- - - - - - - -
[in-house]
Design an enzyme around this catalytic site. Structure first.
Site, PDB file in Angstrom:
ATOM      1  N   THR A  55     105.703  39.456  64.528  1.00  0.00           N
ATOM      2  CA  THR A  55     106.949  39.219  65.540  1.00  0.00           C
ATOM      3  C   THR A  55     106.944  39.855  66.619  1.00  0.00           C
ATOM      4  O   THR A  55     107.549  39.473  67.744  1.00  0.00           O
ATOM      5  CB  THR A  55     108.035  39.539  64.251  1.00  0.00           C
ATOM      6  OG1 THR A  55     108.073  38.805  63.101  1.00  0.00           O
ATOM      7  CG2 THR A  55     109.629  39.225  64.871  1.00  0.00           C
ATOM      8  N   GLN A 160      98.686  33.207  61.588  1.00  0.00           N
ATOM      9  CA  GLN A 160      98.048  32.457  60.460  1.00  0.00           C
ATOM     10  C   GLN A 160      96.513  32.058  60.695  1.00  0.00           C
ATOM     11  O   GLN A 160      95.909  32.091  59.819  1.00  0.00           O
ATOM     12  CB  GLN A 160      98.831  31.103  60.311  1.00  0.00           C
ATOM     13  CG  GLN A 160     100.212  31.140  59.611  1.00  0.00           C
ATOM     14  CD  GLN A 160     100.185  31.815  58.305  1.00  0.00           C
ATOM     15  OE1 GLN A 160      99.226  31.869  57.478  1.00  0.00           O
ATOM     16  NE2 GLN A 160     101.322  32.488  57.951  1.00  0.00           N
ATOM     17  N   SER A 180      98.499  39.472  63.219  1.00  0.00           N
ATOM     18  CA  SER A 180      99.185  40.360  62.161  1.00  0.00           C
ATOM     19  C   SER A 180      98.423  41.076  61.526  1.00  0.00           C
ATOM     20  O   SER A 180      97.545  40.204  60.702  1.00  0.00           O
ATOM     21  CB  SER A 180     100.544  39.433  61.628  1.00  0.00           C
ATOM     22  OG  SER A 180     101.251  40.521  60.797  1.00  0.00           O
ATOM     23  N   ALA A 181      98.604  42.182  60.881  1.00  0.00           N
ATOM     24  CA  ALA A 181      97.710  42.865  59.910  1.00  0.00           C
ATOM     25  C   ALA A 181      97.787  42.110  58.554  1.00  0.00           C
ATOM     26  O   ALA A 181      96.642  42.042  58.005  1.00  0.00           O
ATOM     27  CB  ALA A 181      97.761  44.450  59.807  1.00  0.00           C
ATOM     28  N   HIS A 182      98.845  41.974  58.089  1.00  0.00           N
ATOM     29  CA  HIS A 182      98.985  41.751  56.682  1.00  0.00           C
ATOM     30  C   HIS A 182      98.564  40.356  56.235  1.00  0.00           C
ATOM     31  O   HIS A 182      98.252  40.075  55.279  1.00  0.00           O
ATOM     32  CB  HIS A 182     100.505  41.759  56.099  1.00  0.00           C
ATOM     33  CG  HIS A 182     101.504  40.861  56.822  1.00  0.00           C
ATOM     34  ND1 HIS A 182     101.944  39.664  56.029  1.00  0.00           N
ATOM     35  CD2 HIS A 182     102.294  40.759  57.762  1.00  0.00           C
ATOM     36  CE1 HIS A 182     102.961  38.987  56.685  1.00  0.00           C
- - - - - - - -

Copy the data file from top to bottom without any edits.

[in-house]
Design an enzyme around this catalytic site. Structure first.
Site, PDB file in Angstrom:
ATOM      1  N   THR A  55     105.703  39.456  64.528  1.00  0.00           N
ATOM      2  CA  THR A  55     106.949  39.219  65.540  1.00  0.00           C
ATOM      3  C   THR A  55     106.944  39.855  66.619  1.00  0.00           C
ATOM      4  O   THR A  55     107.549  39.473  67.744  1.00  0.00           O
ATOM      5  CB  THR A  55     108.035  39.539  64.251  1.00  0.00           C
ATOM      6  OG1 THR A  55     108.073  38.805  63.101  1.00  0.00           O
ATOM      7  CG2 THR A  55     109.629  39.225  64.871  1.00  0.00           C
ATOM      8  N   GLN A 160      98.686  33.207  61.588  1.00  0.00           N
ATOM      9  CA  GLN A 160      98.048  32.457  60.460  1.00  0.00           C
ATOM     10  C   GLN A 160      96.513  32.058  60.695  1.00  0.00           C
ATOM     11  O   GLN A 160      95.909  32.091  59.819  1.00  0.00           O
ATOM     12  CB  GLN A 160      98.831  31.103  60.311  1.00  0.00           C
ATOM     13  CG  GLN A 160     100.212  31.140  59.611  1.00  0.00           C
ATOM     14  CD  GLN A 160     100.185  31.815  58.305  1.00  0.00           C
ATOM     15  OE1 GLN A 160      99.226  31.869  57.478  1.00  0.00           O
ATOM     16  NE2 GLN A 160     101.322  32.488  57.951  1.00  0.00           N
ATOM     17  N   SER A 180      98.499  39.472  63.219  1.00  0.00           N
ATOM     18  CA  SER A 180      99.185  40.360  62.161  1.00  0.00           C
ATOM     19  C   SER A 180      98.423  41.076  61.526  1.00  0.00           C
ATOM     20  O   SER A 180      97.545  40.204  60.702  1.00  0.00           O
ATOM     21  CB  SER A 180     100.544  39.433  61.628  1.00  0.00           C
ATOM     22  OG  SER A 180     101.251  40.521  60.797  1.00  0.00           O
ATOM     23  N   ALA A 181      98.604  42.182  60.881  1.00  0.00           N
ATOM     24  CA  ALA A 181      97.710  42.865  59.910  1.00  0.00           C
ATOM     25  C   ALA A 181      97.787  42.110  58.554  1.00  0.00           C
ATOM     26  O   ALA A 181      96.642  42.042  58.005  1.00  0.00           O
ATOM     27  CB  ALA A 181      97.761  44.450  59.807  1.00  0.00           C
ATOM     28  N   HIS A 182      98.845  41.974  58.089  1.00  0.00           N
ATOM     29  CA  HIS A 182      98.985  41.751  56.682  1.00  0.00           C
ATOM     30  C   HIS A 182      98.564  40.356  56.235  1.00  0.00           C
ATOM     31  O   HIS A 182      98.252  40.075  55.279  1.00  0.00           O
ATOM     32  CB  HIS A 182     100.505  41.759  56.099  1.00  0.00           C
ATOM     33  CG  HIS A 182     101.504  40.861  56.822  1.00  0.00           C
ATOM     34  ND1 HIS A 182     101.944  39.664  56.029  1.00  0.00           N
ATOM     35  CD2 HIS A 182     102.294  40.759  57.762  1.00  0.00           C
ATOM     36  CE1 HIS A 182     102.961  38.987  56.685  1.00  0.00           C